This weekend, the First Family will be celebrating Father’s Day with visits to two of this country’s most amazing natural wonders – New Mexico’s Carlsbad Caverns National Park and Yosemite National Park in California.
The visits not only highlight our National Park Service’s centennial; they also demonstrate President Obama’s commitment to and impressive legacy of public lands work.
But as meaningful as these visits are sure to be for the Obamas – not to mention the millions of park-goers making their own priceless Father’s Day memories – this occasion could have even greater meaning for future generations.
Beyond the centennial
For the past 100 years, our national parks and other public lands have been inextricably linked to our American identity. They’ve provided treasured, life-changing experiences for millions of families. But unfortunately, they haven’t always reflected our country’s diversity, nor have they always been welcoming to all.
To ensure that the parks’ next 100 years address those injustices, The Next 100 Coalition, a first-of-its-kind coalition of civil rights, environmental justice, conservation and community leaders, has created a vision statement and policy recommendations to create a new, inclusive future for our public lands.
The coalition’s common-sense vision for the future of our public lands is simple:
1. Reflect the faces of our country. Our public lands must reflect he demographic and ethnic diversity of our nation’s citizens among visitors, the agencies’ workforce and in the designation of new units. This will require a cultural shift within the agencies responsible for managing and overseeing these spaces and a commitment from people outside the agencies to join together to support this approach.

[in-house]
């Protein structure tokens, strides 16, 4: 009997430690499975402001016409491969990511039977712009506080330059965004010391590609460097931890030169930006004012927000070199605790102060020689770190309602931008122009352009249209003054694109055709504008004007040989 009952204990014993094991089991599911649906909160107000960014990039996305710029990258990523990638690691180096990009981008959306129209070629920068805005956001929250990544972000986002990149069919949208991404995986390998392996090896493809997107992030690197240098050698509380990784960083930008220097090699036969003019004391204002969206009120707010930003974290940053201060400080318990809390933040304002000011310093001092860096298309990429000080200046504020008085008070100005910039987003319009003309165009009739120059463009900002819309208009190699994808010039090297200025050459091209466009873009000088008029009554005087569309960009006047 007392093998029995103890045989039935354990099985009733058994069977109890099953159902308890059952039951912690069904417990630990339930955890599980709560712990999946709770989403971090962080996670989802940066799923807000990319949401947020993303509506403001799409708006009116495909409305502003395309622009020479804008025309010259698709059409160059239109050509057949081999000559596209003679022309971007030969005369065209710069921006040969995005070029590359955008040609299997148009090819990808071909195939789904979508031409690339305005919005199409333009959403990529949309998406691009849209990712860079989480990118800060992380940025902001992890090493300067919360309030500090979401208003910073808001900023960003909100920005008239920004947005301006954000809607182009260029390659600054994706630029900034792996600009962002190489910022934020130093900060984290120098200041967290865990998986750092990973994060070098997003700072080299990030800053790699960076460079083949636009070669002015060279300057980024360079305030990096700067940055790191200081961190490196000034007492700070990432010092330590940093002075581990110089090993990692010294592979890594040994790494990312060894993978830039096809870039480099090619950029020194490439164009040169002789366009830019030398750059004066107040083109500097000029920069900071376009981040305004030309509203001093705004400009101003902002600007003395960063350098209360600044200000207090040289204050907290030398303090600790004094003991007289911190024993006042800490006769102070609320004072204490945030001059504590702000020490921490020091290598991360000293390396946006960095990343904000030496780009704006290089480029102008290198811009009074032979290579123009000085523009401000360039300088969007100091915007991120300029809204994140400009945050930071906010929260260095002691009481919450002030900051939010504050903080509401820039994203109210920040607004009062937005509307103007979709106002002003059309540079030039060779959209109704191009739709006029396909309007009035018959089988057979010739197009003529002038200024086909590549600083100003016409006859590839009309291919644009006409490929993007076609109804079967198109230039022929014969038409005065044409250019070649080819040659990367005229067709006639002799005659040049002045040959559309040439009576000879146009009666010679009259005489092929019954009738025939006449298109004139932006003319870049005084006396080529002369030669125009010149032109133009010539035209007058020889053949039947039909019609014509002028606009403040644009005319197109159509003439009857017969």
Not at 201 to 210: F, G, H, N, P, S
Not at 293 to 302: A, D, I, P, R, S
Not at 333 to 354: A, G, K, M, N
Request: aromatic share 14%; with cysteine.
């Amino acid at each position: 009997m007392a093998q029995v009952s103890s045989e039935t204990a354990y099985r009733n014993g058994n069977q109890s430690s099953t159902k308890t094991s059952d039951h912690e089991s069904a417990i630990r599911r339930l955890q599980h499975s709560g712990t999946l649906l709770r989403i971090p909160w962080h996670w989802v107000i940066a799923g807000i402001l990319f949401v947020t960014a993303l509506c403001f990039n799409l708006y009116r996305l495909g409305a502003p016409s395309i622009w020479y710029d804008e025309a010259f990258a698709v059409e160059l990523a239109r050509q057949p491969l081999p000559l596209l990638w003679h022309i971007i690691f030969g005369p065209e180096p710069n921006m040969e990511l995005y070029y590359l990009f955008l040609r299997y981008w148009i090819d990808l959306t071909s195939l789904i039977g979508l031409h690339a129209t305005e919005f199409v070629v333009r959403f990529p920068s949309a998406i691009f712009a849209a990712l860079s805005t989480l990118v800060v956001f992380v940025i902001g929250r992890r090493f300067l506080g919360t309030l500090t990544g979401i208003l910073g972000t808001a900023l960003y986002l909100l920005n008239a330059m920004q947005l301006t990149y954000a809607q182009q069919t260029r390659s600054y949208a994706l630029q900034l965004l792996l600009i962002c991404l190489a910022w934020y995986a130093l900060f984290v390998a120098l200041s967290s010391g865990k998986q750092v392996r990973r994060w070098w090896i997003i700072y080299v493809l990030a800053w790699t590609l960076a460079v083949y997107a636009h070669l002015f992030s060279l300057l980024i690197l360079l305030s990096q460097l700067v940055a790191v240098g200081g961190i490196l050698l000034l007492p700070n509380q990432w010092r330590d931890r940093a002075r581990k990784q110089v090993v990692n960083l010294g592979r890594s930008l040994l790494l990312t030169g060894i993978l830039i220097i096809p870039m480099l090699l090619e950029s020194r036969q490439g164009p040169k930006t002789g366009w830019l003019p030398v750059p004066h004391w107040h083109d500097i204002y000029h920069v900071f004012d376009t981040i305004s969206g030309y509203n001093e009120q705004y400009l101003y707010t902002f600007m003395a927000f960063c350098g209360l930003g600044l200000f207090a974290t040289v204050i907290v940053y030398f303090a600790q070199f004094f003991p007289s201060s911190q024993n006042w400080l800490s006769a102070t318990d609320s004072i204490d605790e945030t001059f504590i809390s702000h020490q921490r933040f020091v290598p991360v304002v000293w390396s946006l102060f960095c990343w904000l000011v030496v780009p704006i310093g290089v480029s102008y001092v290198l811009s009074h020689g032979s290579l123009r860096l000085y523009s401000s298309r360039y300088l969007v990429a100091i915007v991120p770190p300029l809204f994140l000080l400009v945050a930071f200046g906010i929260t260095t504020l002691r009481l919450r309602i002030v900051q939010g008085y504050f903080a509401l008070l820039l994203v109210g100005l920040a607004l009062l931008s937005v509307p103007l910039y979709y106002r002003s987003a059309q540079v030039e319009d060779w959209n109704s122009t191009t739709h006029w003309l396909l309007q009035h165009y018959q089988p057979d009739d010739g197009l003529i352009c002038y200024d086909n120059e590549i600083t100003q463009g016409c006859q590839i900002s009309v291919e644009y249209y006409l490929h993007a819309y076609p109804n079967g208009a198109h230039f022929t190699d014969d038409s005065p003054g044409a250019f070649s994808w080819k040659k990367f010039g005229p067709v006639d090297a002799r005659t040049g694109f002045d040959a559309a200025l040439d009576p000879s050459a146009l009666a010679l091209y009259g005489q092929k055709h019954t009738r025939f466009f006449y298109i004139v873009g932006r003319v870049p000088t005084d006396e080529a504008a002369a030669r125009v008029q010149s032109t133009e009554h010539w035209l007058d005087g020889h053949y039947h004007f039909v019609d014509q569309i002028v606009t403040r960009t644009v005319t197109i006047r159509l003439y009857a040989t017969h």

2. Respect for all cultures. Our public lands play a unique role in capturing the many different historical, cultural and spiritual stories that have shaped this country; celebrating acts of bravery and sacrifice, recognizing the unique contributions of all Americans and providing opportunities for atonement and healing. We need to make sure the full range of these stories are being told at existing and new park sites and public lands. Protecting cultural and natural landscapes that tell America’s complex history will help us learn from our past, honor our ancestors and educate future generations.
3. Responsibility to actively engage all people. The future of our public lands depends upon public support from all Americans. Moving forward, we must actively and authentically engage a diverse range of communities in new and meaningful ways to build support for our public lands and shape the direction of our future public lands and natural resources policies.
A new future for our public lands
As the President shines a light on the beauty of our public lands this Father’s Day weekend, he has a unique opportunity to ensure that future generations – no matter what their background – are able to do the same.
Let’s call on President Obama to issue a Presidential Memorandum to ensure that the second century of conservation in America reflects the full diversity of our nation’s citizens; respects the historical, cultural and spiritual stories and unique contributions of all Americans; and actively engages all people.